Patrick Kanold joined the Johns Hopkins Department of Biomedical Engineering as a professor in July 2020. In this interview, he shares details on his passion for science and neuroengineering, describes his biggest research accomplishments, and provides a look at what he enjoys doing outside of the lab.
What made you pursue a career in engineering?
I have always liked taking things apart to figure out how they work. I also like to build things and tinker with gadgets. Given my interest in electronics and computation, I studied electrical engineering and focused on microsensors and VLSI hardware design. I became intrigued by genetic algorithms and the even more complex capabilities of the brain to process degraded sensory information.
Why did you choose Johns Hopkins BME? What are you looking forward to most?
I came to Hopkins BME as a graduate student after completing my undergraduate and MSE degrees in electrical engineering at TU-Berlin in Germany. The full immersion and intense atmosphere drew me in, and I was hooked by the quantitative approach to biological problems of my thesis mentors Eric Young and Paul Manis. Once at Hopkins, I learned to love the incredible collegial atmosphere.
I came back to biomedical engineering as faculty because BME is the model for 21st century life science, and I wanted to be in the middle of it. We, as a field, but also in my lab, are working on more and more complex projects that require multidisciplinary teams of scientists. To make this work, individuals have to be multidisciplinary as well in order to communicate and understand each other. There are tremendous synergies here, especially with respect to artificial intelligence and neuromorphic engineering. Thus, as a hybrid engineer/neuroscientist, I look forward to growing the field of neuroengineering, learning a lot, and working with the JHU community. I am especially looking forward to collaborating with and learning from clinicians, and applying some of our findings.
Can you give a brief overview of your current research?
The brain develops its incredible complex circuitry from a set of pretty minimal genetic instructions on interacting with the world. This interaction with the world is very fascinating to me. My laboratory is focused on the cortical circuits that underlie sound processing, and how these circuits are built and tuned-up during development.
Currently, we are looking in the adult brain to understand how sound information is encoded in neural ensembles, how this code is adjusted with different environmental conditions (for example, in noisy environments), and how this is done by altering circuits.
We are also trying to figure out when and where in the cortex the influence of the environment starts. To this extent, we are looking carefully at circuits in very young animals. I have been working for a while on this cool group of neurons, called subplate neurons, that predominantly exist in developing cortex, and trying to figure out what they do before they disappear. For our research, we are using many optical techniques as they enable us to track and manipulate the activity of groups of neurons. For me, as a trained electrical engineer, it was fun to learn how to play with light.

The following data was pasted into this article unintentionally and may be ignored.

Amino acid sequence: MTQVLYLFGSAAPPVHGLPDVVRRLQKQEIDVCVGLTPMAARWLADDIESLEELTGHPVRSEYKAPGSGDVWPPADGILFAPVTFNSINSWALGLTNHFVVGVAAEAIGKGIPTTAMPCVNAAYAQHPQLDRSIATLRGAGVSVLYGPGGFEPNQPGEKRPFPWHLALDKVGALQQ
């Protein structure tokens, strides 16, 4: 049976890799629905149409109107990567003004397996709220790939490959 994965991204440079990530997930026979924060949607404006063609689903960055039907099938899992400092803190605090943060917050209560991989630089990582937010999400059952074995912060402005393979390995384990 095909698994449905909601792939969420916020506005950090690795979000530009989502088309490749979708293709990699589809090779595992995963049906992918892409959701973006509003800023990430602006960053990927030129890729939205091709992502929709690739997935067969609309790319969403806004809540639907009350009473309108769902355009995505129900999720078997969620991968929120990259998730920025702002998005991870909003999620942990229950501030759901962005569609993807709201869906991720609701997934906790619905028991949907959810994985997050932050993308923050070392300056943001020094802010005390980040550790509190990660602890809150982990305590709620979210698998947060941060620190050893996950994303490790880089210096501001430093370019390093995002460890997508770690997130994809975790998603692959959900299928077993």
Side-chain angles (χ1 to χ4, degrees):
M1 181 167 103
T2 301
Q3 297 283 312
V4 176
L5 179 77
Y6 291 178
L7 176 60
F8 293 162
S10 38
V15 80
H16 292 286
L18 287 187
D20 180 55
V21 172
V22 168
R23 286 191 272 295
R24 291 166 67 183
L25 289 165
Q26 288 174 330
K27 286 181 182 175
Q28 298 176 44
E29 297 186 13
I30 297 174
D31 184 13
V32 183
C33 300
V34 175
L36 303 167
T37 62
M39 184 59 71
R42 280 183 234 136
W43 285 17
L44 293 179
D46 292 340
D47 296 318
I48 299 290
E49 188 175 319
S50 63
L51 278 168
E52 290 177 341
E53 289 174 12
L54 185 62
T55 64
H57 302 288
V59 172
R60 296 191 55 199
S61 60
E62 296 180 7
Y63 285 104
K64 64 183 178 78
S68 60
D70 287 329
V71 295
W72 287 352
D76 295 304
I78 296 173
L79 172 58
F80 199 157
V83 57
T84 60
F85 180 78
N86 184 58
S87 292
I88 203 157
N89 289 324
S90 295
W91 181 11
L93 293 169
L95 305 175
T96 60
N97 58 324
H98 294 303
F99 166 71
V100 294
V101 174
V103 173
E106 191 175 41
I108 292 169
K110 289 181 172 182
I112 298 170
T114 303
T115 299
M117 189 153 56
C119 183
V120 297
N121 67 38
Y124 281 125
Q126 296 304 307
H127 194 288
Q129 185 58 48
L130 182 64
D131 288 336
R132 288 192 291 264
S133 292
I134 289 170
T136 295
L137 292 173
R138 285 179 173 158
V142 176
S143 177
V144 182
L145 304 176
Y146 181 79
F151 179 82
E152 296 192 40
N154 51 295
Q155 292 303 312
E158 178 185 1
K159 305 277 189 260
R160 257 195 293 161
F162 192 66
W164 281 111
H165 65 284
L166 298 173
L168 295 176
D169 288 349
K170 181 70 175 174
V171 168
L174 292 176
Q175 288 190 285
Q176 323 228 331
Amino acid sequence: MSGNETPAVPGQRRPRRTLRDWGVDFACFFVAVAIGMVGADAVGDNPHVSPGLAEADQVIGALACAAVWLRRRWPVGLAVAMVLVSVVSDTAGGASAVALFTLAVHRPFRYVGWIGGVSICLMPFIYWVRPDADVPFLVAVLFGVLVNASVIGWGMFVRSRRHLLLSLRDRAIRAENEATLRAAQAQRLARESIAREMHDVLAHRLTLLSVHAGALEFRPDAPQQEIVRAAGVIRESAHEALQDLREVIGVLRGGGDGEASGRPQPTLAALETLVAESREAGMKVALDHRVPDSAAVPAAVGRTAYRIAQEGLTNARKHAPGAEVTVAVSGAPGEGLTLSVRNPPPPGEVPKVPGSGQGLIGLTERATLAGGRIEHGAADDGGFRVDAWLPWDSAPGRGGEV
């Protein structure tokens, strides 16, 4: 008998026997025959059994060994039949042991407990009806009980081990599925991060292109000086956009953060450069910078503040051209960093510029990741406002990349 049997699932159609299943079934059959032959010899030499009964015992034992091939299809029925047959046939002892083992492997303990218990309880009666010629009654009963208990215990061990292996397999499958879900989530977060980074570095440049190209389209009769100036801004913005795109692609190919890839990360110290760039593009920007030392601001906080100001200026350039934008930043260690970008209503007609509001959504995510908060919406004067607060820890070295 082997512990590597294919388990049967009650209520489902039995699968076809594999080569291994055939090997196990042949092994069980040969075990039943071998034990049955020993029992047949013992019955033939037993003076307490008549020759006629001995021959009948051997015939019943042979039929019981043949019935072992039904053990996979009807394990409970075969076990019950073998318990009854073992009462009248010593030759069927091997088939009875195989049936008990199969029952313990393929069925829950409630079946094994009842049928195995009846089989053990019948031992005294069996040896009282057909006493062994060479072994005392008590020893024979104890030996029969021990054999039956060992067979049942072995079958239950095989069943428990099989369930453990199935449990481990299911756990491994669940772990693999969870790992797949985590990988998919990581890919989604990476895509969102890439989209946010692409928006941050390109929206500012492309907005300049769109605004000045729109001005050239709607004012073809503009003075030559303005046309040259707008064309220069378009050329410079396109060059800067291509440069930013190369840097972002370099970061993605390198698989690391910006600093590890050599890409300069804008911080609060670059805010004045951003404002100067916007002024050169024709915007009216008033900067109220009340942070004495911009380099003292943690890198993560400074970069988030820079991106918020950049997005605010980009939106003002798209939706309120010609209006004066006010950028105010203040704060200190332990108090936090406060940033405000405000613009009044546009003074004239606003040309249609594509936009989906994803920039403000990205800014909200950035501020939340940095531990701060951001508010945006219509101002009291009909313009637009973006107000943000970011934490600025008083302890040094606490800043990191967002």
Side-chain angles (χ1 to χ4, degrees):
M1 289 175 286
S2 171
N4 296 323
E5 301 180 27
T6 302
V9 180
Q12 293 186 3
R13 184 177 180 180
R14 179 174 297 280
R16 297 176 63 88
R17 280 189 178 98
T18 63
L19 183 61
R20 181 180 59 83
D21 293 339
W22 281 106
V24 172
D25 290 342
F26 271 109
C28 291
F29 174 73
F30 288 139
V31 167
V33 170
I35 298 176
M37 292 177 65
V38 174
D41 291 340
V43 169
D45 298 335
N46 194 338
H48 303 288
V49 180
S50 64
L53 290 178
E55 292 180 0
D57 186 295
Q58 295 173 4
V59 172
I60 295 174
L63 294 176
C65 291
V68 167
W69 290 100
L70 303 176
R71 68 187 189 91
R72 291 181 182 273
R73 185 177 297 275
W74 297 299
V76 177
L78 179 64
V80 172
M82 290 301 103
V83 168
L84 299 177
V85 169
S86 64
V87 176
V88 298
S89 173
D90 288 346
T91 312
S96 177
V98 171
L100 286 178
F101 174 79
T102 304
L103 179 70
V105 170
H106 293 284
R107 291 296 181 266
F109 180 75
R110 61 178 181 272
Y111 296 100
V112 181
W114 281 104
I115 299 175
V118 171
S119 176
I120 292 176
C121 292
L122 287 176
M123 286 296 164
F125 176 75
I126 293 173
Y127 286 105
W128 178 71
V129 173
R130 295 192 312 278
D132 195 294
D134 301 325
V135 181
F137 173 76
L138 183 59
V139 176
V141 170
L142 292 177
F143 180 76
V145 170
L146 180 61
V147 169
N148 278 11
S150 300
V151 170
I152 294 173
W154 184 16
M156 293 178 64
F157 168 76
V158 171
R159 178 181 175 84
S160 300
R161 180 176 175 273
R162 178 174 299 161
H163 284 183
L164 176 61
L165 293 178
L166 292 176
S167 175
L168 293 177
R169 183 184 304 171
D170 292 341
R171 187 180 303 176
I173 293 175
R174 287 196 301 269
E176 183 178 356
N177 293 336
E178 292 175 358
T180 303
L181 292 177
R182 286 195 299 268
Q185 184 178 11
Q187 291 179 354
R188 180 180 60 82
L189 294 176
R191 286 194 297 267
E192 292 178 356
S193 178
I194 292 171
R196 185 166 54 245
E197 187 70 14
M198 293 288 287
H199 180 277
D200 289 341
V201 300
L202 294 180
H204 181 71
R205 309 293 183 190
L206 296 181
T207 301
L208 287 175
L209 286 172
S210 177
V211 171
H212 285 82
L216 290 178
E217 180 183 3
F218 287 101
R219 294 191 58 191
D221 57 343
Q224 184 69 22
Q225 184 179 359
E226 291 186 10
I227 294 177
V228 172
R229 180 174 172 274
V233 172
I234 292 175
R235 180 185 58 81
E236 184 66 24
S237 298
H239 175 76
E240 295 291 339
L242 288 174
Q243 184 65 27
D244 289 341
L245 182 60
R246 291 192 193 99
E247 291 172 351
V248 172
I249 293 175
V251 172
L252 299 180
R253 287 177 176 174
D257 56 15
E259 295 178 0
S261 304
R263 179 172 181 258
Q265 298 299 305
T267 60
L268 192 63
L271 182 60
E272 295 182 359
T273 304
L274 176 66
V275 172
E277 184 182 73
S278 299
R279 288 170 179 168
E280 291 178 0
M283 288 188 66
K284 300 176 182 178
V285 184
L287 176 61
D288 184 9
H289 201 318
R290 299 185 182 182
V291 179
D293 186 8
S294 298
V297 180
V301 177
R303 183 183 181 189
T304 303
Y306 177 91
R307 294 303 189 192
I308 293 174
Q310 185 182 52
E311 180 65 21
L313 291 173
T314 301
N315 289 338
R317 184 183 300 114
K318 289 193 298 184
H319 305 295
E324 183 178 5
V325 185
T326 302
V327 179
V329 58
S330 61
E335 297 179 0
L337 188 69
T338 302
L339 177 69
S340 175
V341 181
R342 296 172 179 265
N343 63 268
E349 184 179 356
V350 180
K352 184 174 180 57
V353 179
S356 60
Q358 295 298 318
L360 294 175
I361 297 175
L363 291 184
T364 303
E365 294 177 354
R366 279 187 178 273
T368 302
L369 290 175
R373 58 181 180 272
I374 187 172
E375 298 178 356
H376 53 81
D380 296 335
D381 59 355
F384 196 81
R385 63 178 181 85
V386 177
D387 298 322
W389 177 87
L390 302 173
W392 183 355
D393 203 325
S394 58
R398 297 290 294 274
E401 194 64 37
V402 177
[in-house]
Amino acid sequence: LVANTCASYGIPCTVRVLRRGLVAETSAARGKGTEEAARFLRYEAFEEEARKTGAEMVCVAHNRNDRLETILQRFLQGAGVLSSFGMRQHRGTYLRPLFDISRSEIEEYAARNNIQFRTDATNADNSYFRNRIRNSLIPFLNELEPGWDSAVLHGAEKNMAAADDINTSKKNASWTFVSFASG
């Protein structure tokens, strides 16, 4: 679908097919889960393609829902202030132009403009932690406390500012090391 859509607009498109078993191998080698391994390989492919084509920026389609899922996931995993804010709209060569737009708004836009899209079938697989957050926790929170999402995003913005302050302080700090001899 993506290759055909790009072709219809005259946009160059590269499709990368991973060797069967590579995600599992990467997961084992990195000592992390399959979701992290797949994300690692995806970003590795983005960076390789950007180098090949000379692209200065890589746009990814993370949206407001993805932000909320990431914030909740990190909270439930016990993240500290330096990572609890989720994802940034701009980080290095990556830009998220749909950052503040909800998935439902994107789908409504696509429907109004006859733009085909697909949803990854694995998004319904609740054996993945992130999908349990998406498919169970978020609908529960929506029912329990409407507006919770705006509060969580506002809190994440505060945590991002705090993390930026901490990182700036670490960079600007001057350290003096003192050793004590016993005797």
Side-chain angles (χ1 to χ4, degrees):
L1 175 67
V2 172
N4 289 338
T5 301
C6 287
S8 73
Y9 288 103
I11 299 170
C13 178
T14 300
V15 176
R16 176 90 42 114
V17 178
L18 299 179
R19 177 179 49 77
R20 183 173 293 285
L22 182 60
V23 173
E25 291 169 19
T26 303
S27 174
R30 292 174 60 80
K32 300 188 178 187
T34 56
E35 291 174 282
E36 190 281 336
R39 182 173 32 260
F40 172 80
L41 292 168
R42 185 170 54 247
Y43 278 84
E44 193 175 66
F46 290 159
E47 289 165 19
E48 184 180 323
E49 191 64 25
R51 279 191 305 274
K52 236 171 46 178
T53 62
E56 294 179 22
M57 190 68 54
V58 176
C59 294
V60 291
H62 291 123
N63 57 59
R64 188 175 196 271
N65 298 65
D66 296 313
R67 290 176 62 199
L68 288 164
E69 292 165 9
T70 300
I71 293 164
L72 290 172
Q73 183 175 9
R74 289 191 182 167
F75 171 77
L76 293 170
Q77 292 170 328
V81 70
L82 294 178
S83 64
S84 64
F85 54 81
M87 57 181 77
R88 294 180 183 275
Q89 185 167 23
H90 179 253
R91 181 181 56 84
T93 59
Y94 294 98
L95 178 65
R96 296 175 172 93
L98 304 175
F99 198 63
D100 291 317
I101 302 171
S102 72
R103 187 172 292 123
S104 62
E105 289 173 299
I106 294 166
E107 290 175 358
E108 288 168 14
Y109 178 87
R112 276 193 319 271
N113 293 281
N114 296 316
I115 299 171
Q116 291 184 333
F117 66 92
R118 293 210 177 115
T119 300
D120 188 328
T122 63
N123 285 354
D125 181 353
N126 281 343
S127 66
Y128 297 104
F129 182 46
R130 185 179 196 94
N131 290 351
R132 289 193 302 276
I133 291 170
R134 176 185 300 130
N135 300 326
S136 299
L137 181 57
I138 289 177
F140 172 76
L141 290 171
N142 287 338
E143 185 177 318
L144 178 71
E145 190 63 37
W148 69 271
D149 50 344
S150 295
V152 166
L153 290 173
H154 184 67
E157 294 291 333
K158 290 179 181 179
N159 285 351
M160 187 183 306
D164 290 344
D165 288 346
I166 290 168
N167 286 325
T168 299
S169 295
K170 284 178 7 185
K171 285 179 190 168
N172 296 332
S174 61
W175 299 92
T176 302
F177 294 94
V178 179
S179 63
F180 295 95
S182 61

What do you consider your biggest research accomplishment so far?
There are two accomplishments. I feel most attached to showing that subplate neurons play a key role in cortical development and plasticity. There are lots of these neurons in humans, and I think this is really important in a clinical sense. We have also shown that the functional organization of the auditory cortex is different than previously assumed. Some of this debate actually goes back to work by Moise Goldstein at BME in the 1970s, and now we have tools to dig deeper.
What impact would you like your work to have?
First, I would like to see some translation of our work into clinical practice. For example, we know so much about the developing brains and signatures of maldevelopment. However, in the clinic, the developing brain is not monitored very well. It would be great if we could develop biomarkers to predict outcomes and have interventions happening earlier.
Second, I would like to grow the field of neuroengineering. We are able to build amazing tools to study and manipulate the brain, but many tool builders and users are still growing up in different departments and communities. I think the unique nature of Hopkins BME can be transformative by bringing together different disciplines.
What are your goals for the future?
We have a lot of cool technology that allows us to look at neural circuits in a pretty static context when we study animals. I would like to make this technology work more in a real-life context. Then we can monitor online how neural circuits change when animals learn as they grow or when they interact. This would also be a great way to tweak neural processing in a targeted way. I would also like to move things out of the lab into the clinic.
Do you have any career advice to offer to current students?
Don’t overthink, and don’t be afraid of the unknown. Go explore and be open to interesting outliers in your data that point you in a new direction. Then embrace the unknown and start asking interesting questions. And don’t be afraid to fail, as failure is part of the process. Also read widely.
What do you enjoy doing outside the lab?
I am a runner, and I also like hiking, camping, and biking. I enjoy very long trail ultramarathons, and I like the simplicity, solitude, and mental challenges of it. Running is also a great way to discover new places when traveling, and it has meditative qualities that help to bring up new ideas.
Is there anything else you’d like to share?
I see the lab as a playground with fun toys, so I enjoy playing in it.